Today I received, by email, an interesting paper – from 1968 – which discusses DOD testing regarding materials to be used in the making of barrels for small arms. Before I go too far, we have to understand what a “small arm” is. To the military, this can be something which is quite a bit larger than what a civilian might encounter at a gun store or shooting range. This report was done at the request of the Air Force, which was interested in improved materials for minigun barrels up to 30mm. However, if a material is found to be suitable for use as a 30mm minigun barrel (and the miniguns referenced in this paper can fire 100 rounds per second through their six rotating barrels), it will probably be suitable for use in a semi-automatic rifle firing 5.56mm or 7.62mm ammunition.
The paper is difficult to read, for it appears to be a copy of a copy of a copy. However, what is legible is pretty interesting, if you’re a gun buff like me. If you want to learn technical stuff about barrels and how they wear, read the first few pages.
Some interesting highlights include:
– Titanium, and titanium alloys, displayed significant wear after a single round was fired.
– Chrome moly vanadium barrels which were chrome lined offer greater wear resistance over barrels that were nitrided (also known as Melonite, Tenifer, etc). This is relevant to folks who are considering a new AR-15 upper or barrel – nitriding comes at a lower price and does extend barrel life compared to a bare steel barrel, but it’s not the equal of chrome lining when considered from a barrel life standpoint. It may offer other benefits, such as a slight increase in accuracy, but that wasn’t part of the study. As we see in this study, nitrided CMV barrels, when used in a machine gun firing 200 rounds per minute, will last up to 30,000 rounds, while bare steel barrels lasted on average under 10,000 rounds.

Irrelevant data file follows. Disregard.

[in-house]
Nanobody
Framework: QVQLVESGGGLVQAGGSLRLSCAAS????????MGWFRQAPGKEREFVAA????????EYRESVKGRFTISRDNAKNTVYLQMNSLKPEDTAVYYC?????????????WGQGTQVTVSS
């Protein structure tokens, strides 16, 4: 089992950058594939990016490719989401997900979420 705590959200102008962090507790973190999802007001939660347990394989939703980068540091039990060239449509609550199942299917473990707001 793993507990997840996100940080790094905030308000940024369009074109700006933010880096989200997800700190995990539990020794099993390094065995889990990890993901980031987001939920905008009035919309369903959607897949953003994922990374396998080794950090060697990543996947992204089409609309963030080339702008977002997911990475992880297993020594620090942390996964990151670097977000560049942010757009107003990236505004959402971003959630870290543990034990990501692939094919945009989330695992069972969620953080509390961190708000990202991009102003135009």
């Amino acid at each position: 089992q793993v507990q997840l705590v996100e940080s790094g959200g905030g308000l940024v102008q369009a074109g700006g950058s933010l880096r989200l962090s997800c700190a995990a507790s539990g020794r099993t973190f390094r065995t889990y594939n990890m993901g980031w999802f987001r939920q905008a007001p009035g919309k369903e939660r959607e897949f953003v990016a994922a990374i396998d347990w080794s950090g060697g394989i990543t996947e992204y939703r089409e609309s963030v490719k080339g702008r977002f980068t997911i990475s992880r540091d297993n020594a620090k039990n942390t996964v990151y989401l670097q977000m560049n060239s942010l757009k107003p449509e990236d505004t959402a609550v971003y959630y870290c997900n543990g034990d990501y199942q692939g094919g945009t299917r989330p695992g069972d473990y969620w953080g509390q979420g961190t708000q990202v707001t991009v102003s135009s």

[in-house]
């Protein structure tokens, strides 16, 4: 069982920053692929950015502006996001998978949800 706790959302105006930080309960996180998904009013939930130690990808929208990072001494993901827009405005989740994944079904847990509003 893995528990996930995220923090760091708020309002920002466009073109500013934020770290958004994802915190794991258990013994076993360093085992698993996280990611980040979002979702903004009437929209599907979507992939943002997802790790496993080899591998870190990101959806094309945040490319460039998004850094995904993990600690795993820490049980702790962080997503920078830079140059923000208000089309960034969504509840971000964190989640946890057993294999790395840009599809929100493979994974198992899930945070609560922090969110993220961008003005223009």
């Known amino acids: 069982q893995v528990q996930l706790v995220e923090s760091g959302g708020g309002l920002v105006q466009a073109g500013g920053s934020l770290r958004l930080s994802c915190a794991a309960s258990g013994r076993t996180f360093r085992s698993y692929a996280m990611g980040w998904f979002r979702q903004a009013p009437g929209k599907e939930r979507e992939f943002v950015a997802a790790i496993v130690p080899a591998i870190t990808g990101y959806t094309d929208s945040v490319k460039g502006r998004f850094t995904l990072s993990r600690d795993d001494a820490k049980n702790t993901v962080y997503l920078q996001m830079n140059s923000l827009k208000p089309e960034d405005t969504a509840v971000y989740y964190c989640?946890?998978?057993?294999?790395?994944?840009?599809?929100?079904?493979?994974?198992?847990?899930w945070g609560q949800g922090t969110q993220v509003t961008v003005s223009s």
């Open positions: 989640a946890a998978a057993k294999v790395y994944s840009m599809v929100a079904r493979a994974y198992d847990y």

– Chrome moly vanadium barrels with Stellite 21 liners that were then chrome lined set the standard for wear resistance.
Another study to read if you want to learn about barrel material, rate of fire, and barrel contour as they relate to machine guns – in this case, M60s and .30 caliber Brownings – is this 1974 paper. The major lesson to be learned is one that most folks already know – lighter barrels, though nice from a weight standpoint, will die faster than heavy barrels when shot for extended periods of time. We also see this in a destructive test of the (heavy barrel) M4A1 versus the (lighter barrel profile) M16A2 – although both barrels failed at approximately 1600F, it took longer for the M4A1 to reach that temperature.
And finally, if you’re an environmentalist who loves cannons, there’ something for you, too.